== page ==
Biography of G. W. Hartsock

G. W. Hartsock. The record of a true and upright Christian gentleman, a man of more than ordinary business acumen fortified by years of industry, is that of G. W. Hartsock, who with his noble wife is now spending years of retirement at their home on Belle Avenue in the City of Rantoul.

Mr. Hartsock was born in Greene County, Ohio, son of David and Sarah J. (Cornell) Hartsock, both natives of Ohio. His grandfather, Sylvanus Cornell, was a soldier of the War of 1812 under General Harrison, and for many years he drew a pension until his death. G. W. Hartsock had a district school education. He was one of the following families of sons and daughters: Jessie L., Sylvanus, Ruth A., Elizabeth, Flora, Eli and G. W. Flora and Eli are both deceased.

As a young man G. W. Hartsock, hoping to obtain better conditions in the region of cheaper lands, made a visit to his uncle at Clinton in DeWitt County, Illinois. His investigations extended as far as Rantoul, where he was particularly impressed with the outlook, and he bought eighty acres of land at $13.50 an acre. Having made this purchase he went back to Ohio and then came on with a covered wagon and his only companion was “Dash,” an English terrier dog. This dog was a most faithful animal and in a way was the foundation of Mr. Hartsock’s fortune. Mr. Hartsock had a French neighbor who possessed a large store of grain, but much of it was being destroyed by the rats. He succeeded in persuading young Hartsock to exchange the English terrier for twenty bushels of rye, and thus the ownership of the dog changed hands and the rye was put to, good use by Mr. Hartsock.

Soon after starting from his Ohio home Mr. Hartsock met the man who had made his wagon. This wagon maker volunteered the information that within three months the youth would be back at home asking for bread and butter from his parents. To this the young pioneer rejoined: “Jake, sink or swim, survive or perish, I’ll never do that. I’m going to stay.” While a boy at home Mr. Hartsock was very much attached to his mother and had to bear considerable ridicule on that account. Some of his companions also called him “General,” and said they wondered at his willingness to leave home, though they admired his pluck.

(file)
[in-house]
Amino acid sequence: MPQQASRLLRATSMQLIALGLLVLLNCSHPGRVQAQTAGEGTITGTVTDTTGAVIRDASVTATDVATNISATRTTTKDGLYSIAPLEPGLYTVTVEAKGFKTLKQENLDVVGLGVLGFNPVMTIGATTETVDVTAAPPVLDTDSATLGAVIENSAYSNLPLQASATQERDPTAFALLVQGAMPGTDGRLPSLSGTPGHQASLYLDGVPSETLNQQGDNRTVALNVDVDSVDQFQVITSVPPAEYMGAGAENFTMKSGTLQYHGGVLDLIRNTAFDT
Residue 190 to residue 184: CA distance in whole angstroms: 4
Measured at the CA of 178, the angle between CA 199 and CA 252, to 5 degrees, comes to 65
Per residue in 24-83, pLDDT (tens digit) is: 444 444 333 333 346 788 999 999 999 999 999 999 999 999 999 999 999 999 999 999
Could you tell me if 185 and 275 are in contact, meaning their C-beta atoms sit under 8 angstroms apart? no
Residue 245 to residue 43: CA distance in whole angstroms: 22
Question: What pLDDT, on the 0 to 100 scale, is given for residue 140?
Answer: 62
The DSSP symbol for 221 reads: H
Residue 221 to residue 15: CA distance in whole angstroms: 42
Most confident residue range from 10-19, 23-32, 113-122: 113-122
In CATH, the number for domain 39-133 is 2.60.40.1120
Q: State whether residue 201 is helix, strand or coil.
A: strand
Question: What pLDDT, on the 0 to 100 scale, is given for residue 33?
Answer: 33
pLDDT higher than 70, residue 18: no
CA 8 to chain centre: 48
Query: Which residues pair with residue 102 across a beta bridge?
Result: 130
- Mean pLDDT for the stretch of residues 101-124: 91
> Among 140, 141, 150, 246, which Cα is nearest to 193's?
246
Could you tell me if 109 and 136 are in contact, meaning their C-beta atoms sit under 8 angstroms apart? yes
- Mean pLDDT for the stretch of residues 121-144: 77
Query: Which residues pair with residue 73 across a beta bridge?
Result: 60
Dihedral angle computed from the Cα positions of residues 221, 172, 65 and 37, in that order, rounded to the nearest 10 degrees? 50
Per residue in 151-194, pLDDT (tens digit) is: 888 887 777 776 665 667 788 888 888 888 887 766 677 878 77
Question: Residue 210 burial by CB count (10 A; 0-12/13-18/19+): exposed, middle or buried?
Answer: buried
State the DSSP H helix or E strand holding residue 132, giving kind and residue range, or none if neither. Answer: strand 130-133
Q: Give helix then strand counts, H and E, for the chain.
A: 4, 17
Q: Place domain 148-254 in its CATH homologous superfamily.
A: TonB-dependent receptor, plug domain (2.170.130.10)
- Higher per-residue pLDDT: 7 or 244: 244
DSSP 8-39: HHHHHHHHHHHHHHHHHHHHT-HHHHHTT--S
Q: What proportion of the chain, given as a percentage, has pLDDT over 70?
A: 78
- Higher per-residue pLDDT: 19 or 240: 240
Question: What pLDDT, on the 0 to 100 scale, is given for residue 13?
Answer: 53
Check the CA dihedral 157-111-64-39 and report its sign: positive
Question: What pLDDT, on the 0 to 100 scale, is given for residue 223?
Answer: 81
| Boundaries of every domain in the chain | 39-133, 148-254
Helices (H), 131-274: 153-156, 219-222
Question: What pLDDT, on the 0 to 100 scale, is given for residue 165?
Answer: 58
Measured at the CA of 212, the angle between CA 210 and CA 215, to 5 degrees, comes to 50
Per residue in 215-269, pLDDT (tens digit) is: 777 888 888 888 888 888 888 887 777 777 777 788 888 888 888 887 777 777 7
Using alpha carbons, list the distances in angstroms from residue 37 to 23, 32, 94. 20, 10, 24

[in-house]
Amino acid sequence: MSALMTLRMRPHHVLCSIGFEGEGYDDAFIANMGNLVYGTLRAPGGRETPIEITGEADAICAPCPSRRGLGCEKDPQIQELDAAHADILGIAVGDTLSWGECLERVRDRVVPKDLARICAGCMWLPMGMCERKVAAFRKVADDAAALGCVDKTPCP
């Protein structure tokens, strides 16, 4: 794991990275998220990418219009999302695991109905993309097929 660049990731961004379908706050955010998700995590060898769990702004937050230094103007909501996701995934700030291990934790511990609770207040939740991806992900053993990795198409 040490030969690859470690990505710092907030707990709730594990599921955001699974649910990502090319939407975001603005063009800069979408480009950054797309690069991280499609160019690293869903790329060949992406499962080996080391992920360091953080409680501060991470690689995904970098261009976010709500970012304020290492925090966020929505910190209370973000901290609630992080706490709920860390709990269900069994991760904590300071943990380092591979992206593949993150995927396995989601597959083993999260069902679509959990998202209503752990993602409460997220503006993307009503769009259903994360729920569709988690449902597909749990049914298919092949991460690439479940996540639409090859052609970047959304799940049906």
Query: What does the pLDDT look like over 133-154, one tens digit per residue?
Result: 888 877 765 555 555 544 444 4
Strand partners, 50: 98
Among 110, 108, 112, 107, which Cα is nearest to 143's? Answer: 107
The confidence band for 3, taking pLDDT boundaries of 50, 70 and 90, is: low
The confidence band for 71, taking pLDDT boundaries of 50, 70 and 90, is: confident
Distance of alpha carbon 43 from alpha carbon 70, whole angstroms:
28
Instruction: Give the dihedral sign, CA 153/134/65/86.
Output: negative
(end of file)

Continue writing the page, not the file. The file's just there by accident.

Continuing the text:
On June 5, 1871, Mr. Hartsock laid the foundation of his own home by his marriage to Miss Emogene Soper. She was born in Lake County, Illinois, a daughter of Orange P. and Jerusha I. (Abell) Soper. Her grandfather, Remember E. Soper, was also a soldier of the War of 1812. After a very determined courtship Mr. Hartsock had won the consent of this young lady to become his wife and they started away from the vicinity of Gifford for Urbana, the county seat, to obtain a license and get married. After making the trip they learned that the only minister in town was away at the conference. Finally, after hunting around some time, they discovered MT. McElroy, a minister of the Methodist Church, who solemnized their bonds.

The young couple began housekeeping in the northwest quarter of section 26 of Harwood Township. They had hope and faith, unlimited industry, and the years have fully justified them in all their plans and ambitions. Their means enabled them to buy another eighty acres, then forty acres, and they finally bought six acres adjoining the town of Rantoul. Mr. Hartsock’s landed estate now comprises 240 acres of as fine land as can be found in the State of Illinois and worth $250 an acre.

Seven children were born into their home, two of whom died in infancy.

Sylvanus L. Hartsock, the first child, is now deceased. He married Anna Lapham of Indiana and she survived with two children, Charles Walter and Esther Ruth,